Scars Above review: "An enjoyable sci-fi romp"

Scars Above review: "An enjoyable sci-fi romp"
Images via Mad Head Games

Written by 

Daniel Hollis

Published 

28th Feb 2023 08:25

It can be easy to sit and compare one game to another. In the case of Scars Above, it’s hard not to mention how reminiscent of Returnal it looks. Commenters on trailers of the game have already declared it a “low-budget Returnal”, however, despite the misconceptions, the similarities are few and far between.

Sure, both games feature a female protagonist on a hostile alien world, blasting their way through waves of enemies - that’s where the comparisons stop. Scars Above may not bring anything new to the table, but what it does deliver is an enjoyable AA title that scratches those nostalgic Xbox 360 and PS3 vibes.

Heavens above

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Scars Above opens familiarly to anyone who has embraced the sci-fi genre over the years. You’re sent to investigate an alien artifact, things go wrong, and you find yourself stranded on an extraterrestrial planet with wildlife and environmental hazards. It’s fairly textbook and sets the stage for your adventure.

Quickly, you’ll be armoured up and ready to take on the challenges posed to you. Scars Above works as a standard third-person shooter but infuses puzzles and exploration throughout to help break up the pace. There are even a few Dark Souls-style moments where you’ll discover shortcuts back to a respawn point you’ve activated.

Combat is the main draw though, and uses elements to great effect. As you push through each biome, you’ll discover new enhancements for your weapon. This can range from electrifying foes to setting them ablaze. Initially, it may seem to have little consequence but not before long, you’ll realize that using these to your advantage is the key to survival.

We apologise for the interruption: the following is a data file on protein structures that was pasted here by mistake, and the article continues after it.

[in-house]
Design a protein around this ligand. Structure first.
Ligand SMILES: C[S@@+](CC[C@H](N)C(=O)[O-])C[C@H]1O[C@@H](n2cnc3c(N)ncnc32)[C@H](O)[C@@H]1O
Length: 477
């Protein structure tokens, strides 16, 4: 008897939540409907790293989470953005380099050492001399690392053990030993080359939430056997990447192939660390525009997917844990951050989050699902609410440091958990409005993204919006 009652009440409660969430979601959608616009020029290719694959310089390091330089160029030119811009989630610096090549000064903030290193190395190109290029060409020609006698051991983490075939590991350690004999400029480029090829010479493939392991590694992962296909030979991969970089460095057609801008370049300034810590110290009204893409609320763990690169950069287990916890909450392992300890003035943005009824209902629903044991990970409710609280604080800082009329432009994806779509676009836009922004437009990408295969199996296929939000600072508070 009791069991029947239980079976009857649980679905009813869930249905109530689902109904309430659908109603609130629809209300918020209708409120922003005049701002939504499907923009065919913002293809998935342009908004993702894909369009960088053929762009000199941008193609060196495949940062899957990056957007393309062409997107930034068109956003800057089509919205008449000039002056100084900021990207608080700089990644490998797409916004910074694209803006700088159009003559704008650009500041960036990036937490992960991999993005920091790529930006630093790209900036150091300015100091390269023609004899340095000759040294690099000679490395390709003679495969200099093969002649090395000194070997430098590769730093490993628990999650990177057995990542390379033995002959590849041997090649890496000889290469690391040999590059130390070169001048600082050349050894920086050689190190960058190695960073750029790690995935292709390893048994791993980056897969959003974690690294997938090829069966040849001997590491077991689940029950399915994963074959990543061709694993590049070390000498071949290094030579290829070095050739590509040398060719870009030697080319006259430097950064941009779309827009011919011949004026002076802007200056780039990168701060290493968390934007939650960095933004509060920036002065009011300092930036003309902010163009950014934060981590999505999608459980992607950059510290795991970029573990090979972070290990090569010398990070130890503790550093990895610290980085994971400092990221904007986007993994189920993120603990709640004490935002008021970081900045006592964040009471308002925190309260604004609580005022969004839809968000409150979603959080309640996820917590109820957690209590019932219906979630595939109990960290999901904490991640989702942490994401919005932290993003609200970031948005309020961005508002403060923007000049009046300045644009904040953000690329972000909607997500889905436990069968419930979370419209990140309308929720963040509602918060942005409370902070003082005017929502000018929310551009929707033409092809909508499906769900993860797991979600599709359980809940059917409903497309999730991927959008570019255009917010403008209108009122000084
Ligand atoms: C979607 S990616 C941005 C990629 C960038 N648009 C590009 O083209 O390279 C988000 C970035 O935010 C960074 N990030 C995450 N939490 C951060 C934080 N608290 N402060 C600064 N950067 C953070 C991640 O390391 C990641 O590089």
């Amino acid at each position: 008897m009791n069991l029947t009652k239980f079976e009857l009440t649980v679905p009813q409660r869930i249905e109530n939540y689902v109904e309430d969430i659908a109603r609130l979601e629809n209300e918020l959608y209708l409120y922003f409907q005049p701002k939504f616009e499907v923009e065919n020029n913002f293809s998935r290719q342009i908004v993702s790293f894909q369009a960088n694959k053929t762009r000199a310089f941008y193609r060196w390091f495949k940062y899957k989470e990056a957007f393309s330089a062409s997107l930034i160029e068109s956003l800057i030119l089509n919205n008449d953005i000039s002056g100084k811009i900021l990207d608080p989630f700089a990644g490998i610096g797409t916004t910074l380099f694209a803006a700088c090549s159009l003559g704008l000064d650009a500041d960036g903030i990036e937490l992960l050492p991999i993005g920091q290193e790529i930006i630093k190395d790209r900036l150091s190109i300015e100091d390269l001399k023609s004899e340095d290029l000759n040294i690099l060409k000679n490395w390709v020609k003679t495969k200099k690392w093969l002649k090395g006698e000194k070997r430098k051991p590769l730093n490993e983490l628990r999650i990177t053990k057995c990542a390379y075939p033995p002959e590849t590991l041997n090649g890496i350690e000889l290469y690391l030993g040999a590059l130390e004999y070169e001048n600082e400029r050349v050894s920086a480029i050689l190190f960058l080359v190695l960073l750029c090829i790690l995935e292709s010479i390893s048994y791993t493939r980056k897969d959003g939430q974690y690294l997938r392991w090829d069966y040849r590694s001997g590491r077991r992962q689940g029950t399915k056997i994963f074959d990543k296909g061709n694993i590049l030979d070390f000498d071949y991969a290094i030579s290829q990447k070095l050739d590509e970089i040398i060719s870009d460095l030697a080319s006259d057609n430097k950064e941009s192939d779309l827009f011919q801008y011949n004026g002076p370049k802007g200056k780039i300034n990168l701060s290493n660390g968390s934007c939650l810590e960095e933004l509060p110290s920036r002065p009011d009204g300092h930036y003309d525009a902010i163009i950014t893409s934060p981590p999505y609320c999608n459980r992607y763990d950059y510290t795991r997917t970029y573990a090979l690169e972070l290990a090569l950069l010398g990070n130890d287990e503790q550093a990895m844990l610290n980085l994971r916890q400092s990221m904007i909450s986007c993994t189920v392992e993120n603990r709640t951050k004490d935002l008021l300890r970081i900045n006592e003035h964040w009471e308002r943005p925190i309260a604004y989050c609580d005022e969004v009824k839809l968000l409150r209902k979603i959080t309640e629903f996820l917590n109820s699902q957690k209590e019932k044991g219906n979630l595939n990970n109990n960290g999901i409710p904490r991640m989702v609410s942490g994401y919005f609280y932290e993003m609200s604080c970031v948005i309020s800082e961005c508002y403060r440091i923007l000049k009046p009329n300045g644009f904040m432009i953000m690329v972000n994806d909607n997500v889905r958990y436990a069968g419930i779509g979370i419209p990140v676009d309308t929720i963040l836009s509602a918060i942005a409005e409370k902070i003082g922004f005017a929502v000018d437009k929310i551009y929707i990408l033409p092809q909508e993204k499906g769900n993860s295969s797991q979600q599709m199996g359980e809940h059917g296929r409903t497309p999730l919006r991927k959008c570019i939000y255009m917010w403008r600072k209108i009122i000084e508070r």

Scars Above dubs itself as a “challenging” game, and in the opening hour or so, it can be. With very little equipment at your disposal, you have to play cautiously, or risk being sent back to the nearest pillar, which operates similarly to bonfires in Dark Souls. When you use one, your health and equipment is replenished, but all the monsters nearby will also respawn.

Unlike Dark Souls, you won’t be using these pillars to upgrade your character. Upgrade points can be spent on the fly, however, Scars Above makes a rather weird choice in how it distributes experience points. Instead of gaining XP from killing enemies, you instead find cubes around the world which will gift you a certain amount.

While this incentives exploration, it works as a double edge sword. For those who don’t usually venture off the beaten path, the game could prove to be devilishly difficult, whereas for players such as ourselves, we become incredibly overpowered by the time the credits rolled.

What this creates is a situation where players will most likely be forced to venture out into the world to find cubes, thus killing the feeling of natural exploration. For the most part, the game is fairly linear, but it does break some of the momentum when you’re worried you could have missed a valuable XP reward.

There are other ways to gain experience and that is by scanning numerous beasts and fauna across the world. The first time you kill an enemy, you can scan its body for a small boost of XP, whilst other environmental objects can also be scanned for the same effect. It’s just an odd choice not to reward the player for engaging in combat.